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Church Wants to Stop Him from Training Students for Ministry
By Ray Waddle, Religion Editor, The Tennessean
[This article was originally published in The Tennessean, August
29, 1998, pp. 1B-2B.]
Gerd Luedemann no longer believes in Christianity, and he suspects
a lot of Christians secretly agree with him.
The difference is that Luedemann, a noted author here and in
Europe, is going public with his disbelief. The other difference is he
teaches the New Testament in a school in Germany that trains
ministers, and he wants to continue there despite threats by the
churches to kick him out.
"People know Christianity is not true, but they won't address
it publicly," Leudemann, a German who lives part time in
Nashville, said last week.
"It's the skeleton in the closet. But I want to get the
discussion going. That can only happen if you don't mind being
Luedemann, 52, is a friendly man with a Web site,
www.gwdg.de/ gluedem/, and a twinkle in his eye even as he declares
traditional Christian belief is no longer possible.
He insists liberal Christianity is dishonest when it does not
admit its skepticism about the faith's miraculous claims. He thinks
anybody who wants to be a serious Christian ought to take up
His hunch is that many other churchgoers feel what he feels but
don't admit it – a deep disconnection between the miraculous
world of Sunday morning Bible teaching and the daily world of rational
laws of nature and social change.
"Liberals are dishonest if they think the Bible is on their
side," said Luedemann, who taught at Vanderbilt Divinity School
for three years in the early 1980s and still has research privileges
"The Bible is against democracy, against tolerance, against
He has come to embrace a private religion that honors the
mysteries of nature and the subconscious. He believes his kind of
mystical piety is the wave of the future in a post-Christian era.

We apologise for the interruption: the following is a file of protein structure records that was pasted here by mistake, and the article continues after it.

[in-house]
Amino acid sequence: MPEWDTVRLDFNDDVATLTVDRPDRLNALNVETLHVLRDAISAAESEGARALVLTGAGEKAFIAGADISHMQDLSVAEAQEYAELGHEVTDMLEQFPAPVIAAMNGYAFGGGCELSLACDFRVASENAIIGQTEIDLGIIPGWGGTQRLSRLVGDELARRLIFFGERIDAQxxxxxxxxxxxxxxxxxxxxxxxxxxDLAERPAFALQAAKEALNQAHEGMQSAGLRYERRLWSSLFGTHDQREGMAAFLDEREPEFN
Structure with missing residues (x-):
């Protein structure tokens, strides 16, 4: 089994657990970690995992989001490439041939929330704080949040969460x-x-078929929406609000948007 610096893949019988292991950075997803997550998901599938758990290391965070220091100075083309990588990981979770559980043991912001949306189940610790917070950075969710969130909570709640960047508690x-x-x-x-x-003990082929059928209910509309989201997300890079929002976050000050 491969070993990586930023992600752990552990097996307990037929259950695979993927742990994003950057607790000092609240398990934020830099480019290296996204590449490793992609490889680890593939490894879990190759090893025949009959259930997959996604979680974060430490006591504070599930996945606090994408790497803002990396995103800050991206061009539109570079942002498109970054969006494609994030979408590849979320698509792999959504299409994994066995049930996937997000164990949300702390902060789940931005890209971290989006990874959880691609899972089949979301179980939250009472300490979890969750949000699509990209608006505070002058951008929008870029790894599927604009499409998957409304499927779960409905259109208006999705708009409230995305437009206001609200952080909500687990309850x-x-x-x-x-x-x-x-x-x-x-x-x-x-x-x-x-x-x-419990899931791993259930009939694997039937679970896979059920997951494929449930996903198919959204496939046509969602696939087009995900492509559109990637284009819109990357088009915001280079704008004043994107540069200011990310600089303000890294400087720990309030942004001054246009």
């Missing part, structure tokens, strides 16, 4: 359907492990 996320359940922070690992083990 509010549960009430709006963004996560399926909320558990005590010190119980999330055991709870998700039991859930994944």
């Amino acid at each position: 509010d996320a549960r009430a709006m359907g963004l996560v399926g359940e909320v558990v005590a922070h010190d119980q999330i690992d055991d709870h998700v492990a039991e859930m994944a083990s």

Luedemann has been called a publicity-monger; he's a scholar who
doesn't shy from notoriety. He's written several books that question
or attack core Christian beliefs, such as Jesus' Resurrection and his
He happily appears as the token religious skeptic on local talk
shows and national TV documentaries.
His latest book, however, has gotten him in hot water with the
Lutheran churches that underwrite his teaching job at the University
of Gsttingen in Germany.
The book, The Great Deception, argues the Resurrection was a pious
hoax created, intentionally or not, by Jesus' apostles.
"Great Deception - it's an ugly title, but if it's true, why
not tell the truth?" said Luedemann, a family man who was a
passionate Christian preacher as a teenager and later considered
joining a monastery. "Let's not deceive people."
The book opens with a "Letter to Jesus" in which
Luedemann bids farewell to the beloved Jesus of his youth, urging the
Redeemer to free himself from the confusions and conflicts of the
modern church and return to the first century.
"You proclaimed the future kingdom of God, but what came was
the church. Luedemann writes. "Your message has been falsified by
your supporters for their own advantage, contrary to the historical
The "case of Luedemann" has stirred unease in Germany,
triggered debate about the limits of academic freedom and raised
questions about the aims of liberal theology.
The historical-critical methods of theology he teaches in Europe
are the bread and butter of the most prestigious seminaries in the
United States, too, including Vanderbilt Divinity School.
Luedemann argues that liberal theology pretends to affirm belief
but is based on skeptical methods of scholarship that deny miracles
and strip the Bible of supernatural origins.
"It sucks the blood out of the gods and in the end prays only
to symbols," be said.
The Vanderbilt Divinity dean says Luedemann is